Rep. Ayanna Pressley (D-Mass.) joined many others on social media this week who celebrated Kim Janey making historical past as Boston’s first Black feminine mayor.
Janey, who is about to be sworn into workplace because the fifty fifth mayor of Boston on Wednesday, can also be the primary girl and individual of shade to serve within the position. She took workplace on Monday when Marty Walsh resigned to turn into President Joe Biden’s labor secretary.
Pressley, who turned the primary Black girl to symbolize Massachusetts in Congress when she was sworn in in January 2019, commemorated Janey’s achievement on Twitter on Tuesday.
“Concrete. Ceiling. Shattered,” she tweeted. “@Kim_Janey, I’m so proud to name you a pal, a companion in good, and now the Mayor of Boston.”
Pressley and Janey additionally each made historical past throughout their phrases on the Boston City Council.
Janey turned the primary girl to symbolize the town’s District 7 when she was elected to the council in 2017. In 2009, Pressley was the primary girl of shade elected to the council in its historical past.
With Walsh’s departure, Janey ascended from her most up-to-date position because the Boston City Council president to the town’s performing, or interim, mayor.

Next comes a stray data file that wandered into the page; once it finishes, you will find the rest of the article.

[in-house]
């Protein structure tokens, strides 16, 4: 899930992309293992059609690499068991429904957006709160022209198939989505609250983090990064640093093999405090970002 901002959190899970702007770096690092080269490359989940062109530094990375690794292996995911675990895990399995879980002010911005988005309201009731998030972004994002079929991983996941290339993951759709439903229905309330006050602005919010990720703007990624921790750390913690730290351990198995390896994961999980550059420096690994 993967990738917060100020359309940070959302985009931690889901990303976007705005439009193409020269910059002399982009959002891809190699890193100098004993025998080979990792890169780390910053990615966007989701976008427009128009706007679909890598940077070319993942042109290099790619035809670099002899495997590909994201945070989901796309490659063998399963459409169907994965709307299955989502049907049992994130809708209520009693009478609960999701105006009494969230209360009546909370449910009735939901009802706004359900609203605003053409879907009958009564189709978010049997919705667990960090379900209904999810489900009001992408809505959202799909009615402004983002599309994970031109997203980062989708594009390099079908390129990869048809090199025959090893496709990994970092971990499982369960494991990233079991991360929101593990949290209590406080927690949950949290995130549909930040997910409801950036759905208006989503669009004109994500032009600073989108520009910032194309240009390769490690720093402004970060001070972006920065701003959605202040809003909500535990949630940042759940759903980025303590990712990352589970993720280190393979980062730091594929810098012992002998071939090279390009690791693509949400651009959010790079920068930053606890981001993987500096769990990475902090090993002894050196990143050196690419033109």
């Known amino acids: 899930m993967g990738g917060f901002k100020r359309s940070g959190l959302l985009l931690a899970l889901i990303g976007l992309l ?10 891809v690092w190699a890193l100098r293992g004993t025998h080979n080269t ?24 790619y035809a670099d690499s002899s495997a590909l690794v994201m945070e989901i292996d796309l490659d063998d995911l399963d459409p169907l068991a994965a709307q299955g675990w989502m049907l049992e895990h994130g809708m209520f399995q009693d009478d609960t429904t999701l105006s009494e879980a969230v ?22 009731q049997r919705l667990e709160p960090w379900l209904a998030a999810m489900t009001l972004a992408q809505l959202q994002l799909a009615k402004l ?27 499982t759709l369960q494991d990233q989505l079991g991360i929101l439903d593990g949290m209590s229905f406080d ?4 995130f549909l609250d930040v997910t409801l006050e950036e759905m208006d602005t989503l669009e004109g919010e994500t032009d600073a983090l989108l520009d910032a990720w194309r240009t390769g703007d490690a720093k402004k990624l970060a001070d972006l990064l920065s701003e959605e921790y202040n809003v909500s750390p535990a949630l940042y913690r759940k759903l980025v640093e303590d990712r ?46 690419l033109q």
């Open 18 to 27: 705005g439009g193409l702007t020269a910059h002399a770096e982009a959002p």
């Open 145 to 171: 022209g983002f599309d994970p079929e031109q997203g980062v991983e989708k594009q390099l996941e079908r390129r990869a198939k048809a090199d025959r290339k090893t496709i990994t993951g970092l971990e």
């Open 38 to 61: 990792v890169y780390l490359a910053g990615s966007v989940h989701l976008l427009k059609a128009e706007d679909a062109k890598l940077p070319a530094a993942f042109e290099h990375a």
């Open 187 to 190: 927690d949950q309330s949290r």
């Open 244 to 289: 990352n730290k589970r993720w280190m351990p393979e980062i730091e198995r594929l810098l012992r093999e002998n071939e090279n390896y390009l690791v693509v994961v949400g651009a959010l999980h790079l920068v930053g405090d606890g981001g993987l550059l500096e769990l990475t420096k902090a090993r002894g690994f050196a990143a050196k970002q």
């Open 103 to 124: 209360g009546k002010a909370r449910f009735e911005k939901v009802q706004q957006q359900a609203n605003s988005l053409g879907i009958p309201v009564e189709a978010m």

But Janey, a fourth-generation resident of the town’s Roxbury neighborhood, has made it clear in her Twitter bio that her “acting” title doesn’t mirror her dedication to the town of Boston: “Not acting, doing.”
“Will always give my all to the city that gave me everything!” the bio reads.
Janey has not but publicly confirmed whether or not she’ll run within the mayoral election within the fall, The Associated Press reported.
The new mayor mentioned her historic position, communities therapeutic from racial injustices and the continuing devastation of COVID-19 in a Twitter thread revealed March 11. She famous that her momentous achievement turning into mayor was “living proof that Boston is a city of possibilities.”
“Healing includes beginning to address the trauma of the dual devastation of COVID-19 and the reckoning of racial injustice by tapping into our collective joy,” she wrote, partly. “The joy that only a vibrant city can provide. As we reopen, we can’t settle for going back. We must go better.”
Renée Graham, a columnist for The Boston Globe’s opinion web page, tweeted in regards to the significance of Janey’s new position Tuesday, noting that Black girls have made political historical past in Boston lately.
In addition to Janey and Pressley, Graham talked about Rachael Rollins, who’s the primary Black girl ― and the primary girl of shade ― to serve as a district attorney in Massachusetts. She was sworn into workplace in 2019.
“When I moved to Boston more than 30 years ago, I could not have fathomed a day when my mayor (@Kim_Janey), my congresswoman (@AyannaPressley) and my district attorney (@DARollins) would all be Black women,” Graham tweeted.
Elected officers and politicians took to Twitter to congratulate Janey forward of her swearing-in ceremony:
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